Clear and to the Point

Clear and to the Point : 8 Psychological Principles for Compelling PowerPoint Presentations


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Making PowerPoint presentations that are clear, compelling, memorable, and even enjoyable is not an obscure art. In this book, Stephen Kosslyn, a renowned cognitive neuroscientist, presents eight simple principles for constructing a presentation that takes advantage of the information modern science has discovered about perception, memory, and cognition. Using hundreds of images and sample slides, he shows the common mistakes many people make and the simple ways to fix them. For example, never use underlining to emphasize a word, the line will cut off the bottom of letters that have descending lines (such as p and g), which interferes with the brain's ability to recognize text. Other tips include why you should state your conclusion at the beginning of a presentation, when to use a line graph versus a bar graph, and how to use color correctly. By following Kosslyn's principles, anyone will be able to produce a presentation that works!

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  • Paperback | 240 pages
  • 180.34 x 243.84 x 12.7mm | 521.63g
  • Oxford University Press Inc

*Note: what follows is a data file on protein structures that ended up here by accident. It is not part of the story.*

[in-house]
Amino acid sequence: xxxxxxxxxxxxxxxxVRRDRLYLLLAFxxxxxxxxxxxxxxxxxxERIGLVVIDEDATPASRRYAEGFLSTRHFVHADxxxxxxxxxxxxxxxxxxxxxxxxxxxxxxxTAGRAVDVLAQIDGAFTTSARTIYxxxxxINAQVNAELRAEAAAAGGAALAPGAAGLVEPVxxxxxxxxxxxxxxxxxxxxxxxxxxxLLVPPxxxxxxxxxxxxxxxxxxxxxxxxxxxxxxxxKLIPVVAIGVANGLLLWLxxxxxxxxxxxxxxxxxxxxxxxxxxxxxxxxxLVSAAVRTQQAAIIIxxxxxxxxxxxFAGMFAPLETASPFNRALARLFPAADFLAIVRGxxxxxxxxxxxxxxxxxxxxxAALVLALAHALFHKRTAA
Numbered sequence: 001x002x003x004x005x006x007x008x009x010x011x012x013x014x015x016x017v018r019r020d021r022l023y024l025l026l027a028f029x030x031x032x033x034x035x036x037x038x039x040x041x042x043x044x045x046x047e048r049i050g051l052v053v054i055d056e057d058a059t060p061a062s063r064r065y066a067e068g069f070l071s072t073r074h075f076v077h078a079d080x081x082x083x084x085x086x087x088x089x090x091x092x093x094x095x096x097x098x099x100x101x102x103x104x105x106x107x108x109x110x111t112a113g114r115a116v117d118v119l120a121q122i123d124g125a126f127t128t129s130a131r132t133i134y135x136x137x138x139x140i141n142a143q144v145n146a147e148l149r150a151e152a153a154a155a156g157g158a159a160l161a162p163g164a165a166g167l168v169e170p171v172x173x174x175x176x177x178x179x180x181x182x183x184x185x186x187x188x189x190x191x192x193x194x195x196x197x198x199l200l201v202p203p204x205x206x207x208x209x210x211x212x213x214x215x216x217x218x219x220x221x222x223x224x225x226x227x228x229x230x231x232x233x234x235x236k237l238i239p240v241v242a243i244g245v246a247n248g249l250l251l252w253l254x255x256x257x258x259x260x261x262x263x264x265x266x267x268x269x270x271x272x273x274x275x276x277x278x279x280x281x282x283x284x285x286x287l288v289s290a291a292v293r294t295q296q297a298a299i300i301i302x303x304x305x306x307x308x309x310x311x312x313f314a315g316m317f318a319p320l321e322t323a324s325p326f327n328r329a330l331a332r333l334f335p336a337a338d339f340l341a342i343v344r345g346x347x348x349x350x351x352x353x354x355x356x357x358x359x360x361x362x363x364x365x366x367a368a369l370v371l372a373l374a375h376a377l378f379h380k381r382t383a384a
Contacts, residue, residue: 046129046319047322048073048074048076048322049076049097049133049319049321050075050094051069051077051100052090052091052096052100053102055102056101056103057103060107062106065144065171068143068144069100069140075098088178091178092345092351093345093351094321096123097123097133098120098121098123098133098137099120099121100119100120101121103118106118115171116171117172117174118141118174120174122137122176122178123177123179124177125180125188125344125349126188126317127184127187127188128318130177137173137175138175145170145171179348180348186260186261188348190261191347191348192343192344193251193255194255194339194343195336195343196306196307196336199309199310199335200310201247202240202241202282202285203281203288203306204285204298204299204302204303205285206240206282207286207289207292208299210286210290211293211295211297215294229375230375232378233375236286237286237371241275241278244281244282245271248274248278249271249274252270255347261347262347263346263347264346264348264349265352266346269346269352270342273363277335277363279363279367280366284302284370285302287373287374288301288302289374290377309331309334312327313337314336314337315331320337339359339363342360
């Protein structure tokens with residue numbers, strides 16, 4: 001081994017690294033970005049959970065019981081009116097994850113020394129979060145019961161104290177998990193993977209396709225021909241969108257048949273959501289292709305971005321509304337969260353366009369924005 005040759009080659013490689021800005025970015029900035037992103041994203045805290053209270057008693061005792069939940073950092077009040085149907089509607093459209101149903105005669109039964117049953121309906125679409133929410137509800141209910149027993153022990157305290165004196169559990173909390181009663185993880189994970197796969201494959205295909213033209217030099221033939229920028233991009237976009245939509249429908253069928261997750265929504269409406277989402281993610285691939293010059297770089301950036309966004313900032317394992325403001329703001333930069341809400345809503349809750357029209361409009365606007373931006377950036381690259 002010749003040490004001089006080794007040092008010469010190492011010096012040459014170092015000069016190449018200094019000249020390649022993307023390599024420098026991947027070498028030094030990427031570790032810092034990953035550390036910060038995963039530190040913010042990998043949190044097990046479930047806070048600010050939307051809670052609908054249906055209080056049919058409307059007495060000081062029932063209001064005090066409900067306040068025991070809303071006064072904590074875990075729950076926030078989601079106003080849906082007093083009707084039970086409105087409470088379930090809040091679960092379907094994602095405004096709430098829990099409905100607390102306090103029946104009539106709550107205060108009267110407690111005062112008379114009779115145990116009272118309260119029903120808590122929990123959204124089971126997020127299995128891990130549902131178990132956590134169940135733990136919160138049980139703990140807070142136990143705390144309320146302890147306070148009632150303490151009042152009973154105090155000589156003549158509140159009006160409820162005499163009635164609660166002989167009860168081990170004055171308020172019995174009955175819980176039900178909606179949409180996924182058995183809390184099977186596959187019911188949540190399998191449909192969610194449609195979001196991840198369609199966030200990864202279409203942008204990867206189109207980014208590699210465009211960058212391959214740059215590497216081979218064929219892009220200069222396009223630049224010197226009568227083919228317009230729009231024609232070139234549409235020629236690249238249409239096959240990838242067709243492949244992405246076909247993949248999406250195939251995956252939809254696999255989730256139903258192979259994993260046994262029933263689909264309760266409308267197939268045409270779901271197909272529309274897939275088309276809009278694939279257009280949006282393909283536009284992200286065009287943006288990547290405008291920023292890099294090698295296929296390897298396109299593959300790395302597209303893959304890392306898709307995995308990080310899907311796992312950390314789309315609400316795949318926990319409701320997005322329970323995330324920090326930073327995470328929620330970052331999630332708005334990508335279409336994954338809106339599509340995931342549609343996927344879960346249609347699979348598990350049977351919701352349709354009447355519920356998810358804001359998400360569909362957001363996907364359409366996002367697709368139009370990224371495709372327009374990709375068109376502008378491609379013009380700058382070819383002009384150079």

• New YorkUnited States
  • English
  • 15 colour illustrations and 112 black & white illustrations
  • 0195320697
  • 9780195320695
  • 179,909

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Kosslyn puts PowerPoint users on notice. Read this book, and you will be enlightened... Kosslyn's thorough and engaging treatment is based on broad scientific literature, and on his extensive experience. Besides covering the myriad features that PowerPoint offers, Kosslyn provides great advice on how to connect with an audience, tell a story, work at the right level of information, and come up for air. Lawrence W. Barsalou, Emory University, USA

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About Stephen Michael Kosslyn

Stephen M. Kosslyn is Chair of the Department of Psychology and John Lindsley Professor of Psychology at Harvard University. A leading authority on the nature of visual mental imagery and visual communication, he has received numerous honors for his work in this field. His previous books include Image and Mind, Wet Mind: The New Cognitive Neuroscience (with Koenig), and Psychology: The Brain, the Person, the World (with Rosenberg).

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